Chicago Sky center Astou Ndour-Fall opted out of the 2023 WNBA season due to her overseas commitments, becoming one of the first dominoes to fall in the wake of the controversial new rule.
The prioritization rule requires WNBA players to return from overseas play by the time the league opens its season on May 19. Players who fail to do so will be ineligible to play in 2023, and Ndour-Fall will be one of them. Seattle Storm forward Gabby Williams could be another.
How does the prioritization rule work? And how did it come to be? Just Women’s Sports breaks down the answers.
The rule requires players to prioritize the WNBA over international leagues. It was codified in the 2020 collective bargaining agreement but goes into effect for the first time for the 2023 season.
Players with more than two years of experience in the WNBA must report to their teams by May 1. If they do not, they will be fined. And if they miss the start of the regular season on May 19, they will be suspended for the year.
In 2024, the consequences will get even harsher: Players will be suspended for the whole season if they do not join their WNBA teams by May 1 or the start of training camp, whichever is later.
Many WNBA players head overseas in the offseason to supplement their WNBA incomes. Last offseason, almost half of the WNBA’s 144 players went overseas, per the Associated Press.
Players can make much more money abroad then they do in the U.S.-based league.
Breanna Stewart, for example, signed a supermax one-year deal with the Seattle Storm in 2022. The deal was worth $228,094, just a fraction of the $1.5 million per year she made for Russia’s UMMC Ekaterinburg. Though she left the Russian club for Fenerbahce in 2022, she likely earned another large payday.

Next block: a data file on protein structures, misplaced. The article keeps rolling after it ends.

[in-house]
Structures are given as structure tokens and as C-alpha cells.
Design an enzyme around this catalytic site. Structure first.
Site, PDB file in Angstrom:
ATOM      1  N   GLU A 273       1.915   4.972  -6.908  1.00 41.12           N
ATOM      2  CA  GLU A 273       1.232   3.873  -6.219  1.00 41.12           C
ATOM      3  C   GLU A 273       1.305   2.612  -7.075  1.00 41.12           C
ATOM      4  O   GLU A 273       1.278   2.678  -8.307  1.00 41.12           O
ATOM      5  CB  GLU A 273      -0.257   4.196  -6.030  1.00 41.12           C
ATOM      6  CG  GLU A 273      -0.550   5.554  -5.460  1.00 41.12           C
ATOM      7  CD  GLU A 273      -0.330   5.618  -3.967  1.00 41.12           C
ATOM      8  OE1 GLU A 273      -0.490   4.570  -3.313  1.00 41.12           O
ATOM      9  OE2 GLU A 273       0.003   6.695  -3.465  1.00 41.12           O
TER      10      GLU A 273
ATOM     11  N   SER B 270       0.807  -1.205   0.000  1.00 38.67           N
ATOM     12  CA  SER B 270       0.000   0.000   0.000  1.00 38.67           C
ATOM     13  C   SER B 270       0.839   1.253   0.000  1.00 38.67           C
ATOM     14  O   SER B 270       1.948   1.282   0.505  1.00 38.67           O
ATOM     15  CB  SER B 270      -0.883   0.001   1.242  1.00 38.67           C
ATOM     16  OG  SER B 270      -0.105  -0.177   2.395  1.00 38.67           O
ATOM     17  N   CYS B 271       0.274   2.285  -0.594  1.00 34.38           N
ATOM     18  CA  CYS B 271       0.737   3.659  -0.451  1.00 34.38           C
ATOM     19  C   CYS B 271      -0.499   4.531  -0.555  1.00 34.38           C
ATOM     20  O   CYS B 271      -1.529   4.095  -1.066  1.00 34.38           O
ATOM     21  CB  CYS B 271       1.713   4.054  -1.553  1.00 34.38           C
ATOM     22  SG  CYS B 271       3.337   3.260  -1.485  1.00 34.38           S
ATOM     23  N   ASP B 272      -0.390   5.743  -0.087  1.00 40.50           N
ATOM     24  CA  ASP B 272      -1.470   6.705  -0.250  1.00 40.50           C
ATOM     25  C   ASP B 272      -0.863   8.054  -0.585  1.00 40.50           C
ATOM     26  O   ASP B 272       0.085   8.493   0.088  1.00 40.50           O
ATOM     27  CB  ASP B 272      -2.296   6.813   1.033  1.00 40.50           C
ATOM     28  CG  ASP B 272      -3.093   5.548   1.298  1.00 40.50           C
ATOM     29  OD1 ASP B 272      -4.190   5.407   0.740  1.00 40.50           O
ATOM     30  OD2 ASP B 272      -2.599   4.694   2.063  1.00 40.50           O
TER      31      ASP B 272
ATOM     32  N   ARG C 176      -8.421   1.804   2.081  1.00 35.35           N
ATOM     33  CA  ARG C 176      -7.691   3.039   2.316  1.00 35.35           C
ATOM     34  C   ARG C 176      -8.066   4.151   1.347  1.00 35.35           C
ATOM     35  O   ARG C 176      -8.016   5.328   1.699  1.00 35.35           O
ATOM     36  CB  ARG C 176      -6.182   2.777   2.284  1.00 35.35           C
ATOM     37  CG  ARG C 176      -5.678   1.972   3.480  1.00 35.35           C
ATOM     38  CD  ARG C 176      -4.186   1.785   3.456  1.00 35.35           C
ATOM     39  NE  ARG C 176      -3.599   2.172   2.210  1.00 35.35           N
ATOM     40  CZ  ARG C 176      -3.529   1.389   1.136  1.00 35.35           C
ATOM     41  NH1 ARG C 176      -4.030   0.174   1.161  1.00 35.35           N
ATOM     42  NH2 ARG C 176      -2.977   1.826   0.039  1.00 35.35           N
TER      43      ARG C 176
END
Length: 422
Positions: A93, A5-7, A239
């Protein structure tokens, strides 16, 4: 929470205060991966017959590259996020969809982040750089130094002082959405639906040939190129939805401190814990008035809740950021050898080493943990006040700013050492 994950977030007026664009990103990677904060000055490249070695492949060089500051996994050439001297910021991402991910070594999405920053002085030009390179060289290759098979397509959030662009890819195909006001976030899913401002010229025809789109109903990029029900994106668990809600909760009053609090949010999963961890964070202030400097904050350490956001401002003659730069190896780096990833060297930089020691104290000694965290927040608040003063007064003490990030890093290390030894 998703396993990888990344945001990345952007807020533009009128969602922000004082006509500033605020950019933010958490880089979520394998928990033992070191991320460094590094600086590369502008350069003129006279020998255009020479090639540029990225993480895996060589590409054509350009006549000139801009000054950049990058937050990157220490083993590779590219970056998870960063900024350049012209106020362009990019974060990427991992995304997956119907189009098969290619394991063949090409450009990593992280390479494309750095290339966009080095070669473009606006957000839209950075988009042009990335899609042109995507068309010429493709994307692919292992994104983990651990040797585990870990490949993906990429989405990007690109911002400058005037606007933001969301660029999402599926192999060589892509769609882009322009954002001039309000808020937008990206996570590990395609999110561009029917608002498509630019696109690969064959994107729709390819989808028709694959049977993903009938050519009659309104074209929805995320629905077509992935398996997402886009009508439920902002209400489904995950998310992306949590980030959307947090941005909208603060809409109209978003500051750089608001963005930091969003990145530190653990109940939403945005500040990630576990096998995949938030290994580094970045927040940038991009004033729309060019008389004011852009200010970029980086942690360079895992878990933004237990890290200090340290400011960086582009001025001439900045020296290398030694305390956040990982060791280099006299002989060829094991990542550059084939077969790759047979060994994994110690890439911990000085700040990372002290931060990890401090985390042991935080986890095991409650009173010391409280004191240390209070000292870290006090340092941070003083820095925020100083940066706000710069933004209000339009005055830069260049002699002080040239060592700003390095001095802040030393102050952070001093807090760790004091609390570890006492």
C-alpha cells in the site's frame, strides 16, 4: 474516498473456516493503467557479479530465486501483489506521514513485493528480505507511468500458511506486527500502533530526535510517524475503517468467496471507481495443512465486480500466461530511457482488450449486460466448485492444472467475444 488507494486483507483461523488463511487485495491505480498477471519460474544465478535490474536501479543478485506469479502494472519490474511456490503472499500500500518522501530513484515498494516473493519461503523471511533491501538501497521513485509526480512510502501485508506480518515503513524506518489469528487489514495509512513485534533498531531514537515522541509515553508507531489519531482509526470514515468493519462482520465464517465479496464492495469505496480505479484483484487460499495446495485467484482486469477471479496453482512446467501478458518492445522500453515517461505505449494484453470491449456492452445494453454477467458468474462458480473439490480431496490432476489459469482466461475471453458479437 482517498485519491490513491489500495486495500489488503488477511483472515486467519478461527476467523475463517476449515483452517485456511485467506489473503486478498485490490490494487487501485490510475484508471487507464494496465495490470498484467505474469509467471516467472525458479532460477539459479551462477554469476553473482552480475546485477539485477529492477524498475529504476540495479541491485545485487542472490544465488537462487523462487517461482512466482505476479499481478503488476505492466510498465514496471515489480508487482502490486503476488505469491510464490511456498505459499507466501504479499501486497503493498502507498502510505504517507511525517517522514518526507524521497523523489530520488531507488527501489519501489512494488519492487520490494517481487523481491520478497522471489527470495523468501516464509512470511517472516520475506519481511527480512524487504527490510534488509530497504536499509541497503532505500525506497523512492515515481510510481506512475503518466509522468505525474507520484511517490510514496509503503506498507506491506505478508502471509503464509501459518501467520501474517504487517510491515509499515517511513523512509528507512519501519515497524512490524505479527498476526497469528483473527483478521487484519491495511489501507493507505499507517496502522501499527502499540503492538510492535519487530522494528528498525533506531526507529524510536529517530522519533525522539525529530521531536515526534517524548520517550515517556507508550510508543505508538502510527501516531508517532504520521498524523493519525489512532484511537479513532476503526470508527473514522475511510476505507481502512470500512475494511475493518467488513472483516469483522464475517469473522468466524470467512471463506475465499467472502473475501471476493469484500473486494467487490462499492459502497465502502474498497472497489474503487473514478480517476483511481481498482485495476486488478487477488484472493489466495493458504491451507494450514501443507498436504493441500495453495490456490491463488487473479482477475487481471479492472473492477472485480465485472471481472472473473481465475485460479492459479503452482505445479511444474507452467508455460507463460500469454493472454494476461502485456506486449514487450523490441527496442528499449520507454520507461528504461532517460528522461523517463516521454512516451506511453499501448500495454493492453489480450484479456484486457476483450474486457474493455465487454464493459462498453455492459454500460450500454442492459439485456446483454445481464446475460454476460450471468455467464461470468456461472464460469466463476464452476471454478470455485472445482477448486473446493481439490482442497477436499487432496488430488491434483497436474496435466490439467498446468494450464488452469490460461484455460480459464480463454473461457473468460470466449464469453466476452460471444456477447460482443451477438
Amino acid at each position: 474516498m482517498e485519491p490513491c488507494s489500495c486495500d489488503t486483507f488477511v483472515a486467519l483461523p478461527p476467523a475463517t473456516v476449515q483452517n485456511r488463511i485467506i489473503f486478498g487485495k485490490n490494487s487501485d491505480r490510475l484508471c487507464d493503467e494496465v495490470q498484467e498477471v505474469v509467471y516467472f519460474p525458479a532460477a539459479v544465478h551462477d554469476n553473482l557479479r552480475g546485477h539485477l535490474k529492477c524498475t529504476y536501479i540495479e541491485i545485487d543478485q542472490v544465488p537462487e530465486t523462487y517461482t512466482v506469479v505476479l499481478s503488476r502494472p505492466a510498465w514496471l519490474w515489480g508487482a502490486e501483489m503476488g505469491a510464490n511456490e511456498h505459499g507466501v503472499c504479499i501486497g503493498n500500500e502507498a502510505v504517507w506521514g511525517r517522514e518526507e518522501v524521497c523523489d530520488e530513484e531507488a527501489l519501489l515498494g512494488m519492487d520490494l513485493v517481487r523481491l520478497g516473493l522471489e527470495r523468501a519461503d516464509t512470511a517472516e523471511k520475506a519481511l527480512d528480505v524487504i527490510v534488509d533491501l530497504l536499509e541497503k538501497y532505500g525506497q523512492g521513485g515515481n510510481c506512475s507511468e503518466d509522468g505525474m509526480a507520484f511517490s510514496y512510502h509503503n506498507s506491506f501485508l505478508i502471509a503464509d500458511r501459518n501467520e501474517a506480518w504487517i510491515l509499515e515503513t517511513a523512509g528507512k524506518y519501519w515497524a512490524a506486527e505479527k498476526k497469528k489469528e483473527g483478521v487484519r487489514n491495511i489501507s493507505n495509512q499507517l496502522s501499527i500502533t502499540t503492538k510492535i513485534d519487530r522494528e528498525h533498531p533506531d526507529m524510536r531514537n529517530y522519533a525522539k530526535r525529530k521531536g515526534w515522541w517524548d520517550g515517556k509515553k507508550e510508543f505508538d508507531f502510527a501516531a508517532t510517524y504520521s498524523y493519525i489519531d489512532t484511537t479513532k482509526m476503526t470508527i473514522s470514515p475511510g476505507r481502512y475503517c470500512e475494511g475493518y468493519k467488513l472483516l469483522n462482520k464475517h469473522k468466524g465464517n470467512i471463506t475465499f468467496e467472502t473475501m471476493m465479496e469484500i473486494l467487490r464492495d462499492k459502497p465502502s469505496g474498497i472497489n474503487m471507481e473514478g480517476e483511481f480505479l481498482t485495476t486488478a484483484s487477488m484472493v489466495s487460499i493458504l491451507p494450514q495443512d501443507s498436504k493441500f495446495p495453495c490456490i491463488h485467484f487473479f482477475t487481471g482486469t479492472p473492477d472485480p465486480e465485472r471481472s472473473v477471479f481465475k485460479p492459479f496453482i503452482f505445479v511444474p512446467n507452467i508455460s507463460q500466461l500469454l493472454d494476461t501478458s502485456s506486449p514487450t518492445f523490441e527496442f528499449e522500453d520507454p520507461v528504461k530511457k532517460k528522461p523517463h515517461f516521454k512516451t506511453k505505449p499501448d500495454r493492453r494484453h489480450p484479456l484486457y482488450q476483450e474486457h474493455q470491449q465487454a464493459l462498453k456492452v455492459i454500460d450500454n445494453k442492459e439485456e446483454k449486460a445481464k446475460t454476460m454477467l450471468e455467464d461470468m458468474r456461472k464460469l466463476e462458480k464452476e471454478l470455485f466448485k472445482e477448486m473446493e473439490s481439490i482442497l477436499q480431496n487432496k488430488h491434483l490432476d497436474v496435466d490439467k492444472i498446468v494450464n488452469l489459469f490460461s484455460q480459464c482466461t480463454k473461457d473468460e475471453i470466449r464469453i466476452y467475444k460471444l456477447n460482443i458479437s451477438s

The WNBA holds its season in the summer, while international leagues play in the winter, which has allowed players to stay on the court throughout the year. But some international leagues’ late-season schedules have conflicted with the start of the WNBA season in recent years.
The prioritization rule was negotiated as part of the WNBA’s latest CBA, which was signed in 2020 and runs through 2027.
“The owners really stepped up on the compensation side for the players in this collective bargaining cycle, and I think the kind of quid pro quo for that was prioritization, showing up on time for our season,” WNBA commissioner Cathy Engelbert said ahead of the 2022 WNBA Finals.
The WNBA Players Association agreed to the clause as a concession to the league so they could make gains in other areas of the CBA.
“The league was in a place of not negotiating without it,” WNBA legend Sue Bird said of prioritization. “We wouldn’t have got the money, the maternity leave, without it. I’m not defending it… I want the WNBA to be the only league people play in. I want it to thrive so we never have to go overseas.”
Several players have indicated that as long as salaries in international leagues eclipse those in the WNBA, the prioritization clause will remain an issue.
Emma Meesseman, who has not signed with a WNBA team for the 2023 season, has said the rule is unfair to non-American players.